Have you ever looked up to someone and used them as your moral compass? Made a decision on a gray area based on how they made a decision? This is normal, and can be helpful if you’re glancing at someone with maturity to help you live out your faith in tangible ways.
But this chapter reminds us of something incredibly important: each person is accountable to Christ, not to others. There are definitely some uncompromising topics talked about in the Bible (the Ten Commandments, for example), but there are a lot of issues out there that people give equal standing with God’s law.
If God has personally convicted you about something, respond to it. I have friends who refuse to sit through R rated movies. Others who will not shop at stores who unethically source their merchandise. Some who don’t drink alcohol, so they don’t discourage anyone struggling in that area. These are all great, godly decisions. But making a commitment to live out our personal convictions doesn’t give us the right to judge others who aren’t convicted in the same way.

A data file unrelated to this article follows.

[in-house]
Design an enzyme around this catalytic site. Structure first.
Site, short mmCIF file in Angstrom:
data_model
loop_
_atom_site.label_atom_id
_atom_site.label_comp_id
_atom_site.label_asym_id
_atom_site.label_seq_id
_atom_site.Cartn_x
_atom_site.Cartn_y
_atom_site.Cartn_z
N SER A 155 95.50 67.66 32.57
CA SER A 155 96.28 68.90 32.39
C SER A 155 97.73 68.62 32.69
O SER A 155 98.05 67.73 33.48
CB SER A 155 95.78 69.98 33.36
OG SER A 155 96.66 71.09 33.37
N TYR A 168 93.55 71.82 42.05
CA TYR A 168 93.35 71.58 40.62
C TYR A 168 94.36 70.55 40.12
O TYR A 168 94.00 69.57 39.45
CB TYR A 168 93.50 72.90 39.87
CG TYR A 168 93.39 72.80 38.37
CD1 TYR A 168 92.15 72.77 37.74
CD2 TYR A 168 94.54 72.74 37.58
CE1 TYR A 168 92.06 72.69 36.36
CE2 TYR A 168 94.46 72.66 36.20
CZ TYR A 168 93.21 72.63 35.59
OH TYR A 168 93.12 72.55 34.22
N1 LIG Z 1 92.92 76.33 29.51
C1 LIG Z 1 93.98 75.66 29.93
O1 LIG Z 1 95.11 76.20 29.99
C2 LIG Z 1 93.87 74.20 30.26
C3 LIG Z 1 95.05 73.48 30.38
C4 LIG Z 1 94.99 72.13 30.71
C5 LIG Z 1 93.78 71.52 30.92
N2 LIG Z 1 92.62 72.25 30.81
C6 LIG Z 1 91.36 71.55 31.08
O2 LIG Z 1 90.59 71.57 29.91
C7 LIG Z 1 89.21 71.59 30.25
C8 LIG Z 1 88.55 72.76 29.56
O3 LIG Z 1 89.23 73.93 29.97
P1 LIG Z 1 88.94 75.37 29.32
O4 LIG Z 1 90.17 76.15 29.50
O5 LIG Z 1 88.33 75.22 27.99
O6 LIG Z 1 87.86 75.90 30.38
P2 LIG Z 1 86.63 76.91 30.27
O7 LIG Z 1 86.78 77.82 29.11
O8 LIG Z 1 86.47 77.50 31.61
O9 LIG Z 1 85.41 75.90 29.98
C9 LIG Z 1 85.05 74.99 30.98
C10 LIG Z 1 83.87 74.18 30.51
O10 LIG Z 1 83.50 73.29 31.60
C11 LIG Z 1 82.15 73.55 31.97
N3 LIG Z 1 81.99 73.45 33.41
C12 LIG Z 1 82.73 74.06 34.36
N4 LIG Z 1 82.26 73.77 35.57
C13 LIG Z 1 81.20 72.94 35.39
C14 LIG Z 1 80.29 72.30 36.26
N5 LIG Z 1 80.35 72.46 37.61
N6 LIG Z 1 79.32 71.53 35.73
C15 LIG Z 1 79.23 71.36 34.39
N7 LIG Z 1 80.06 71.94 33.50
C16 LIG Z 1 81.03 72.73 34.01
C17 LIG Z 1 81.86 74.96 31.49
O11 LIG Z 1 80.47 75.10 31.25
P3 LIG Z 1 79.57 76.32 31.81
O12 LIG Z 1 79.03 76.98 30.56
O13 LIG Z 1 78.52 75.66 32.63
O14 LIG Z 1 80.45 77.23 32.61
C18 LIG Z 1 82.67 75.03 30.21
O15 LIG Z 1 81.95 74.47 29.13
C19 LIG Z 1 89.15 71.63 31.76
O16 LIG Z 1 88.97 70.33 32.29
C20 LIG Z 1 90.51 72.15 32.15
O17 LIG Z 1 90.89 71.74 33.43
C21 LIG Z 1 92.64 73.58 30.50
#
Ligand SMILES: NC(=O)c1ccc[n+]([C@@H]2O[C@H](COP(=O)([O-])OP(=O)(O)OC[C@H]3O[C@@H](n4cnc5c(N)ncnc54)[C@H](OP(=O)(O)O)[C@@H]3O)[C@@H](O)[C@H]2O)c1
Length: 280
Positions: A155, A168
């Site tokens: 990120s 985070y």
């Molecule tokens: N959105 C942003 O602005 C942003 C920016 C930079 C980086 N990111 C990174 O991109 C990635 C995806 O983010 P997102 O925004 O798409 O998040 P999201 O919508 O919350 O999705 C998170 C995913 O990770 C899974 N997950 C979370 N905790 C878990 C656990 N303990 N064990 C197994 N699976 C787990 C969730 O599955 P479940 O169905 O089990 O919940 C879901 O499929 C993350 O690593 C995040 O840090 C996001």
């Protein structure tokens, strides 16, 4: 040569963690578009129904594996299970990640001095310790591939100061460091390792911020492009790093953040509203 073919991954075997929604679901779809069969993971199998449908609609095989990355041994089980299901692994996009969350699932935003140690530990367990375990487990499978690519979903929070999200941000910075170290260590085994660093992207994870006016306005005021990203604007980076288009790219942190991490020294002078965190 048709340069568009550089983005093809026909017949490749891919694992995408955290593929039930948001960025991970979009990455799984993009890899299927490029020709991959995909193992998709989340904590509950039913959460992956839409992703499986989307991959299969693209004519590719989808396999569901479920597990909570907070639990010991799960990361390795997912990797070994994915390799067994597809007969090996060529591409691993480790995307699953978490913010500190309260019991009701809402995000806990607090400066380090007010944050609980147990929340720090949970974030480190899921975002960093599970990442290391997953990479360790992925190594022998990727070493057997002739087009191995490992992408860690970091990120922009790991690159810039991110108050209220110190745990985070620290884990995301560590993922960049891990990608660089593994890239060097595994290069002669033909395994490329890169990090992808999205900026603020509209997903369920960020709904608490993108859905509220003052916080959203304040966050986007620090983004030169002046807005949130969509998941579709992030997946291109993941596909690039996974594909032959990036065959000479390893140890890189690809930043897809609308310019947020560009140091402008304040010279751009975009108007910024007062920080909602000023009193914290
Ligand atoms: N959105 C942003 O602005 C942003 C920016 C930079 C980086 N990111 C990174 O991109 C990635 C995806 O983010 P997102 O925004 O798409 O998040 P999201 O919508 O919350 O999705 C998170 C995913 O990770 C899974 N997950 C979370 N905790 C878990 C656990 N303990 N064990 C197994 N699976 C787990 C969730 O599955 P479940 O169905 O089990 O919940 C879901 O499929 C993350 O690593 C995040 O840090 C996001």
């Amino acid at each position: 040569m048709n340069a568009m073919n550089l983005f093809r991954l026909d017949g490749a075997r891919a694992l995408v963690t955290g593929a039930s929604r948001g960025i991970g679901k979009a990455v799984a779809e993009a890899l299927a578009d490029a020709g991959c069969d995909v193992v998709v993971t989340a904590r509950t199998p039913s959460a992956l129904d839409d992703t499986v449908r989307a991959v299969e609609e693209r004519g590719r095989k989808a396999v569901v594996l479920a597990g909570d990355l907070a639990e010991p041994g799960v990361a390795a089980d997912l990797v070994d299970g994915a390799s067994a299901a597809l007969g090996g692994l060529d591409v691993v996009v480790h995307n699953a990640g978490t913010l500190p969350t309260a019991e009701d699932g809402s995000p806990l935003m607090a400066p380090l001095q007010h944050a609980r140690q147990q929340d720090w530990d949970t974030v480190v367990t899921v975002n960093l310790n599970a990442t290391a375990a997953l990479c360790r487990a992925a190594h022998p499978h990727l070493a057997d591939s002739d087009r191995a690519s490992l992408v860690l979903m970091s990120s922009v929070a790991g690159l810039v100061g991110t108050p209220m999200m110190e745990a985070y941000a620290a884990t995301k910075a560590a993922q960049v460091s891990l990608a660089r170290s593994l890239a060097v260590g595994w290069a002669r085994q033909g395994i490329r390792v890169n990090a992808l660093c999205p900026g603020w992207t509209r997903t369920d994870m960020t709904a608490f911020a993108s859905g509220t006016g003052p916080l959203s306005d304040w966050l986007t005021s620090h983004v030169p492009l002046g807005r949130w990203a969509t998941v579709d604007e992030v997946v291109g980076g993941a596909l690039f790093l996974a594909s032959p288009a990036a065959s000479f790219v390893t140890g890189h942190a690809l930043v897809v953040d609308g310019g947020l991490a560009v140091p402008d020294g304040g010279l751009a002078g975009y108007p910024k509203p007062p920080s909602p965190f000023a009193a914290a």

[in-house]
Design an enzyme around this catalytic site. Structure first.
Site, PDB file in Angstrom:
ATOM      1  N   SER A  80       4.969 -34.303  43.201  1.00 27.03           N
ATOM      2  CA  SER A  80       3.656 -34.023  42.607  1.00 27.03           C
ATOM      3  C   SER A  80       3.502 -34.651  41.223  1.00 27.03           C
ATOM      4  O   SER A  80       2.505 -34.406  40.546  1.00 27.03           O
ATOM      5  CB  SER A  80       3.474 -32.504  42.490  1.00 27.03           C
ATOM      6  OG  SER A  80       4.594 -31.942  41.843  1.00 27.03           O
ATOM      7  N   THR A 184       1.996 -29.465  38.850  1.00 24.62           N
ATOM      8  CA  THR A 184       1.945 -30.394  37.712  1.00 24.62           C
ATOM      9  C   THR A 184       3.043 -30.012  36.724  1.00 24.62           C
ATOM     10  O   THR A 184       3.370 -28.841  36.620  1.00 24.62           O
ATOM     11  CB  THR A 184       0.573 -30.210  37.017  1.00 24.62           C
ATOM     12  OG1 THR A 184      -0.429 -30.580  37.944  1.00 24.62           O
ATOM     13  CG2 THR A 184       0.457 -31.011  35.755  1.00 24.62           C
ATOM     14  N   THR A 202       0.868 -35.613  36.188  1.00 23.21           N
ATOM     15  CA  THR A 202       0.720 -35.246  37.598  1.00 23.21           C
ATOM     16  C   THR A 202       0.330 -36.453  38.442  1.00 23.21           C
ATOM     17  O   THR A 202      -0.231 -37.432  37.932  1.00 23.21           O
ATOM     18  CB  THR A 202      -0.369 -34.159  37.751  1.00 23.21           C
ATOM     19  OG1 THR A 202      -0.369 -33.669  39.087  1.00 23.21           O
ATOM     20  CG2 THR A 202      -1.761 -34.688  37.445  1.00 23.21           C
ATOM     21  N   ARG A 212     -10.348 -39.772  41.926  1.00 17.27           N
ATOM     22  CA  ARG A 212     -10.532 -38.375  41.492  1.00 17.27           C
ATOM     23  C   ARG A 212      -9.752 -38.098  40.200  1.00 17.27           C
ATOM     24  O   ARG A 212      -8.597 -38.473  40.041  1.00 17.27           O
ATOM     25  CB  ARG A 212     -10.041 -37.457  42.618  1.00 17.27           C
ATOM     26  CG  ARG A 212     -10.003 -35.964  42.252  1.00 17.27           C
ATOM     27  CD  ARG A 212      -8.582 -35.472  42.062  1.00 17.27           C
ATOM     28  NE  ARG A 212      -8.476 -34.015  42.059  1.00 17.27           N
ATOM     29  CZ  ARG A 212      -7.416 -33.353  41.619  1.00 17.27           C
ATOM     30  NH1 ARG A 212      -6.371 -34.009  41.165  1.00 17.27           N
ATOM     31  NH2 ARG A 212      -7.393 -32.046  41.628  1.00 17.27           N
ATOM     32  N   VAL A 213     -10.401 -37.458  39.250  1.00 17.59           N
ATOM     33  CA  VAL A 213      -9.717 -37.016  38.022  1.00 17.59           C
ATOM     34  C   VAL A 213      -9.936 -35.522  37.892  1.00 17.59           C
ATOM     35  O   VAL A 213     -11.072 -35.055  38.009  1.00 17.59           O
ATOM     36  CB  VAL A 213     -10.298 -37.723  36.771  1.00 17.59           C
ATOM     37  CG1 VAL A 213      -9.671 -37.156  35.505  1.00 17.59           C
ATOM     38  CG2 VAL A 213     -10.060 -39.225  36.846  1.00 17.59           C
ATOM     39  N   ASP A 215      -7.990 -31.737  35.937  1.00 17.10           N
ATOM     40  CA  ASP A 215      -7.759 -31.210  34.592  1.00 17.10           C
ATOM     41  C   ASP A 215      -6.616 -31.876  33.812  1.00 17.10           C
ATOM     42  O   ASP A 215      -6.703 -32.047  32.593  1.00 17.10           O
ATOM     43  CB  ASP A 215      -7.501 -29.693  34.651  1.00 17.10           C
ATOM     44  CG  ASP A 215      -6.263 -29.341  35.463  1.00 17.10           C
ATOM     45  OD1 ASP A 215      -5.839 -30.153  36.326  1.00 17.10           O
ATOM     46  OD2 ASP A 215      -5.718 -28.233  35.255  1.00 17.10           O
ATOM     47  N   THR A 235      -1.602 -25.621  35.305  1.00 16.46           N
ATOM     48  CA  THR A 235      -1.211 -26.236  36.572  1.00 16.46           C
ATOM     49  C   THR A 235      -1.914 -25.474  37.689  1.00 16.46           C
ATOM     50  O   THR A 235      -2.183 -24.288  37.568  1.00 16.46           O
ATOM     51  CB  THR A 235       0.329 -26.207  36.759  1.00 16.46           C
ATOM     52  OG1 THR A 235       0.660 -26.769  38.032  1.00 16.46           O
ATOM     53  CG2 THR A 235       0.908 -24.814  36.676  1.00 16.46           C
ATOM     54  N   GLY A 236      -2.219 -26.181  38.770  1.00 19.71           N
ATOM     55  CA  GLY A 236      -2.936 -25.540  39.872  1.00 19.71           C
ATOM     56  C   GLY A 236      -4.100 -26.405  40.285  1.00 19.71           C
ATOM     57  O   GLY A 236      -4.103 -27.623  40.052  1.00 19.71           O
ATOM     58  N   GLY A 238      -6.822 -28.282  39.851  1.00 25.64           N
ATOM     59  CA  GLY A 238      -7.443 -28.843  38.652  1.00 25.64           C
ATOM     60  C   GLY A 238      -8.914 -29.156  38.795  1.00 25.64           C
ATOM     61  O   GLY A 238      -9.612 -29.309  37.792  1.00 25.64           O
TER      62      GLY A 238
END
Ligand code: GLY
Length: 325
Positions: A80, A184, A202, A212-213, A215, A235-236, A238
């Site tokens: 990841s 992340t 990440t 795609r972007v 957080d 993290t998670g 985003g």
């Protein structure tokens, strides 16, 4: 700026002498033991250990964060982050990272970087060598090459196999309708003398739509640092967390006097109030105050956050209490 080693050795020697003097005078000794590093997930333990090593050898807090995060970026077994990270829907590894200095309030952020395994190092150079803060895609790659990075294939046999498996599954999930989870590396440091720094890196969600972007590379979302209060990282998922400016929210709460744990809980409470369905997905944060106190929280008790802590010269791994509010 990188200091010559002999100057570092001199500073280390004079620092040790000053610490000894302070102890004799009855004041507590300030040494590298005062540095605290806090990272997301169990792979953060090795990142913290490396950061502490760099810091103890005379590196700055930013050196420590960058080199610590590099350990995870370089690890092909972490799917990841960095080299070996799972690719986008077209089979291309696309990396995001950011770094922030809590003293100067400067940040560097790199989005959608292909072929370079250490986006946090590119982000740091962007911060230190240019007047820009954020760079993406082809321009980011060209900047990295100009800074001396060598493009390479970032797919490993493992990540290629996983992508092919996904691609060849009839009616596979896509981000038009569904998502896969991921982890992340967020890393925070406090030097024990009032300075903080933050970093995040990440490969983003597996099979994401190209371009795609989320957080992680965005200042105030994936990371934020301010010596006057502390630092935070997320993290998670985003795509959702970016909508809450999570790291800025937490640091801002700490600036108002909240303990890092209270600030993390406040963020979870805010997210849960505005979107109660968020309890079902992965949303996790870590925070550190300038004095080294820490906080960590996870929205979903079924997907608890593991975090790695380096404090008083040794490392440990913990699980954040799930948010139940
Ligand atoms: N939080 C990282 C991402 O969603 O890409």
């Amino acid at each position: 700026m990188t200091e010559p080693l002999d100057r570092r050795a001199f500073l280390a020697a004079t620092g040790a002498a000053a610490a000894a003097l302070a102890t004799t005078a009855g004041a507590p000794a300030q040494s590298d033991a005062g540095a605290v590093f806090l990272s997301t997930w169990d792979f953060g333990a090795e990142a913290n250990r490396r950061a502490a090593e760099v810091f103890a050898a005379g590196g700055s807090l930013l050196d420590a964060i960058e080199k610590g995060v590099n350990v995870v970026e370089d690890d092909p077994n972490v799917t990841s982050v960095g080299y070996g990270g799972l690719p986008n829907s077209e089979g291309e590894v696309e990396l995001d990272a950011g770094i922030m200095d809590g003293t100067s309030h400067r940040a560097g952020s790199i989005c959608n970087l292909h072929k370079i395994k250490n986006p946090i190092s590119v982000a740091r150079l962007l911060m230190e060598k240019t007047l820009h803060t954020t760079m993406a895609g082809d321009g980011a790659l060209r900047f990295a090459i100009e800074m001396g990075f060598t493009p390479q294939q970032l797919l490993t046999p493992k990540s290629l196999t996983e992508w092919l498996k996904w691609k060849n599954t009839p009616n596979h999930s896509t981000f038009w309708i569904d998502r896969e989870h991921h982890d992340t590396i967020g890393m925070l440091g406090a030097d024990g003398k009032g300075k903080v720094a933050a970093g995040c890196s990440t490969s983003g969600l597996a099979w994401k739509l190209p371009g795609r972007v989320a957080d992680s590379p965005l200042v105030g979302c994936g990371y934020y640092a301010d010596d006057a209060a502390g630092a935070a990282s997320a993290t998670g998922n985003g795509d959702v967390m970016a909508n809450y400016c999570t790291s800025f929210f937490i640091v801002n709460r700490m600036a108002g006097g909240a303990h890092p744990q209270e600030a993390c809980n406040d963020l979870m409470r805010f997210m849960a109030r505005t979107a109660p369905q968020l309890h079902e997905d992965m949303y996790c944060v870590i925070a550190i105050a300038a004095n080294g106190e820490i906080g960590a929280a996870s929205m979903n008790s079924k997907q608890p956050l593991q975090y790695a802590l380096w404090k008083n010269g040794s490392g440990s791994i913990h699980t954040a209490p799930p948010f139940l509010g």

“Yes, each of us will give a personal account to God. So let’s stop condemning each other. Decide instead to live in such a way that you will not cause another believer to stumble and fall.” 14:12
We all have a personal relationship with God that can not be compared to others. If you feel the Lord tugging on your heart about something, listen up.
“But if you have doubts about whether or not you should eat something, you are sinning if you go ahead and do it. For you are not following your convictions. If you do anything you believe is not right, you are sinning.”
Reading this compels me not to compare my lifestyle to others, but to be obedient to what God is asking of me and stay mindful of who my choices influence.
Take a minute today and think about what God is asking of you personally. Are you obedient to this? Do you struggle with expecting everyone to live their life the way you feel called to?